If you live in Colorado, nothing beats cozying up to your fireplace after a long day on the slopes, or sledding with your family. If you live in Colorado, nothing beats cozying up to your fireplace after a long day on the slopes, or sledding with your family.  

Boulder County averages 95 inches of snow each year — that’s 70” more than the national average! But a wood-burning fireplace can turn those cold nights into a cozy evening to look forward to.

Plus, wood-burning fireplaces come with many different benefits for you as a homeowner:

Although you’re already saving money with a wood-burning fireplace, every dollar counts. That’s why it’s important to know which types of wood burn the hottest, so you can save money and wood over the course of the winter.

And not just any hot-burning wood will do. Certain wood types can be hard to find in Boulder, or extra pricey if it needs to be shipped from across the country.

Fortunately, Colorado naturally offers some great hot-burning woods, making them accessible and affordable for you to burn this winter.

How to Tell Which Types of Wood Burn the Hottest

How can you tell which types of wood are the most efficient when it comes to heat output? The easiest way to analyze how hot a certain type of wood burns is by looking at its heat value.

Heat value is measured in units of gallons of heating oil, and is for one cord (128 cubic feet) of wood.

For example, one cord of aspen wood will provide the same amount of heat as if you burned 100-150 gallons of heating oil.

Aspen wood’s heat value is 100-150, making it a low temperature wood. Whereas Rocky Mountain Juniper has a much higher heat value of 200-250.

Best Colorado Woods to Burn for Heat

Here are the types of Colorado woods that will burn hottest in your fireplace, so your family can stay cozy and warm all winter long (and save money).

High Heat Firewood

Heat Value: 200-250

Apple: Apple wood burns slow, which means you can use less wood. As a bonus, this wood smells great when you burn it. It can even add a nice aroma to food if you use it for your next camp fire meal.

Piñon: Pinon is full of oils that smell amazing when this wood is burnt, which is why you’ll find piñon incense all over the southwest United States. It also works as a natural and aromatic insect repellant once the spring and summer hits.

Rocky Mountain Juniper: Found throughout Colorado, this type of juniper burns hot. It’s also got a bark that makes for good kindling.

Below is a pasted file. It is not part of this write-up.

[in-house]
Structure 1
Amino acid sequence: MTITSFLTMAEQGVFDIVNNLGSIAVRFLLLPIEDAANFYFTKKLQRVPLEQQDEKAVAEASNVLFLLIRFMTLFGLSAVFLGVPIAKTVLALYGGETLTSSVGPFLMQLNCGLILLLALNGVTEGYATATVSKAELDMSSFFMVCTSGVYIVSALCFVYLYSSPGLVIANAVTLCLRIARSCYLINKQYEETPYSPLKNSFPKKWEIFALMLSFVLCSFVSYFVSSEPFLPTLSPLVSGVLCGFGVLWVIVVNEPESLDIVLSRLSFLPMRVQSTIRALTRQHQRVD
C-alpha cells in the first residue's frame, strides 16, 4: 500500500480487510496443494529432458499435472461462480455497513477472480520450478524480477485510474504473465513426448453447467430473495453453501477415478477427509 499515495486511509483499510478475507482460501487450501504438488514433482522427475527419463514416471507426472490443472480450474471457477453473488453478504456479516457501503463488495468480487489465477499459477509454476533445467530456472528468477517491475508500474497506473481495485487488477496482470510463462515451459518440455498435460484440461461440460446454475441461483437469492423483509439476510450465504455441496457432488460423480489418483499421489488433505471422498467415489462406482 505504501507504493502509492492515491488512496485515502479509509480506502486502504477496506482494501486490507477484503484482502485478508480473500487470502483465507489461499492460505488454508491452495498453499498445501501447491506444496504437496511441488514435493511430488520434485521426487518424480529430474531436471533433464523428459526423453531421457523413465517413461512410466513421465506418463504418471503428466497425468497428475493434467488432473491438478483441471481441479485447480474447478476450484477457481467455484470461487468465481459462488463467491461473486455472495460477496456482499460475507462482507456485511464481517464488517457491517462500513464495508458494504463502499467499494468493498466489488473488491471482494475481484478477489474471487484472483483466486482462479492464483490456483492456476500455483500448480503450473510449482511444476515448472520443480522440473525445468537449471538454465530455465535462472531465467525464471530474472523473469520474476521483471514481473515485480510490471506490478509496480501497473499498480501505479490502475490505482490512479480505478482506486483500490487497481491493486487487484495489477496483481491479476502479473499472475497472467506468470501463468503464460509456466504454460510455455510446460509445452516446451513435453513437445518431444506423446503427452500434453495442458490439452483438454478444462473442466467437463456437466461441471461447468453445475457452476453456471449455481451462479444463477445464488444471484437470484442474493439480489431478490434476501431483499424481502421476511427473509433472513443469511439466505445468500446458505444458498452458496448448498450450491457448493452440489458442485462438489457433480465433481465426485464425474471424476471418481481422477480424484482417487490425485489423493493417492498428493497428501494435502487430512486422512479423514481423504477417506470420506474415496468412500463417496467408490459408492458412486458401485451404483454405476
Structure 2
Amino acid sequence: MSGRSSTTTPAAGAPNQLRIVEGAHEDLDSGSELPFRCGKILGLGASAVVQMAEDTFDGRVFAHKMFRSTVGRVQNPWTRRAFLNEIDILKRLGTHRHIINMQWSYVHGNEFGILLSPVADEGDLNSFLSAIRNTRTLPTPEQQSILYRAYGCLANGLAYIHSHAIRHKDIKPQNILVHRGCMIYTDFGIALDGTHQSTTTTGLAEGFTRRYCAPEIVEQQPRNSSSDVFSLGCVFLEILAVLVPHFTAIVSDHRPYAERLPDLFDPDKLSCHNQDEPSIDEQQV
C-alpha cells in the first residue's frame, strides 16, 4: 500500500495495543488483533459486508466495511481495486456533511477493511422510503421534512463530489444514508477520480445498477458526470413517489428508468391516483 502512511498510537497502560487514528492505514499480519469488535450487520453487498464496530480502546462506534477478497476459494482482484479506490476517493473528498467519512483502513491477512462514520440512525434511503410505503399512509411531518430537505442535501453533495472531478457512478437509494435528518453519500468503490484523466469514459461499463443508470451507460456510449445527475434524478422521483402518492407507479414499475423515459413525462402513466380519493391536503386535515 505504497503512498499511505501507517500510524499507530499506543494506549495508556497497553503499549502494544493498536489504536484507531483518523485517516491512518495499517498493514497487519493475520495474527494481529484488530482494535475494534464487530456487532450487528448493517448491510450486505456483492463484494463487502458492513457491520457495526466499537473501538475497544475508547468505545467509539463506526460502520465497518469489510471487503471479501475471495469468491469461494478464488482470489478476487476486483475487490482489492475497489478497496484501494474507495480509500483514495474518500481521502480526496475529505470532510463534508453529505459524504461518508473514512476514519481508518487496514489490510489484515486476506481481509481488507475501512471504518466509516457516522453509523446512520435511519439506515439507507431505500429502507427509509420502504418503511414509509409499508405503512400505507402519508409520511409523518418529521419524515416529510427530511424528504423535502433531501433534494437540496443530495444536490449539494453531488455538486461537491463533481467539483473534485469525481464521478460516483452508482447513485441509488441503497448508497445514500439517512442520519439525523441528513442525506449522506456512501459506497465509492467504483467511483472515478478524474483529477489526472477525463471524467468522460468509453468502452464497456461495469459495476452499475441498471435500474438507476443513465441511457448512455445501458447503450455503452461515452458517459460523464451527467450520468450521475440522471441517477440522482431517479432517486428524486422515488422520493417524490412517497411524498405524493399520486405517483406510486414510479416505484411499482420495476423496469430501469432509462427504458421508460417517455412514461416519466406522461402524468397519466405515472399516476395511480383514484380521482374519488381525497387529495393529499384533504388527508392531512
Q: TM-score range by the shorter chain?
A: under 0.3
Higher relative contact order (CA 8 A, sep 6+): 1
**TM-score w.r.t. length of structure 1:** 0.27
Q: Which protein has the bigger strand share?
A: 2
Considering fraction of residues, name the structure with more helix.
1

Medium Heat Firewood

Heat Value: 150-200

American Elm: The smell of this wood isn’t popular with some people — it just has a certain strong aroma. On the plus side, it grows abundantly in much of the US, which means it’s cheap and easy to find.

This can be a tough wood to split, so you may want to buy it already cut for your fireplace.

Douglas Fir: Douglas Fir is a popular softwood for the fireplace, and one of Colorado’s major tree species. It splits easy and if seasoned properly (for at least a year), should light easily.

Silver Maple: Silver Maple burns hot and even, although it’s a relatively heavy wood that can be hard to light. This wood can act as a good core log in your fireplace, with lighter kindling stacked around it.

Low Heat Firewood

Heat Value: 100-150

You might not always want the hottest burning wood. If you don’t want your living room to turn into an oven, or if the winter hasn’t hit peak cold temperatures, a lower-heat wood might be the perfect choice.

Aspen: Aspen is another easy wood to find in Colorado. It burns at low heat, which makes it good for keeping things warm during a sunnier winter day.

Cottonwood: Cottonwood can smoke and possibly stink if not well-seasoned. However, it’s abundance throughout Colorado and lower heat make it an accessible choice for a mild fire.

Spruce: The sap in Spruce wood can get a bit sticky, but the fresh scent might just be worth it. Plus, this wood dries fast and splits easily.

Where to Get Firewood in Boulder County

Costs of different woods will vary depending on location and availability. Some places in the Boulder area where you can buy firewood include:

You can also harvest firewood from certain public lands. Specific rules on how much you can forage for and from where can vary, and you may need a permit.

Contact the Colorado Bureau of Land Management for more information.

Before you light your first fire this winter, make sure your chimney is ready for the season. Creosote build-up can become a fire and smoke hazard if your chimney isn’t cleaned regularly.

Learn more about ways to make your chimney safe and ready for this winter >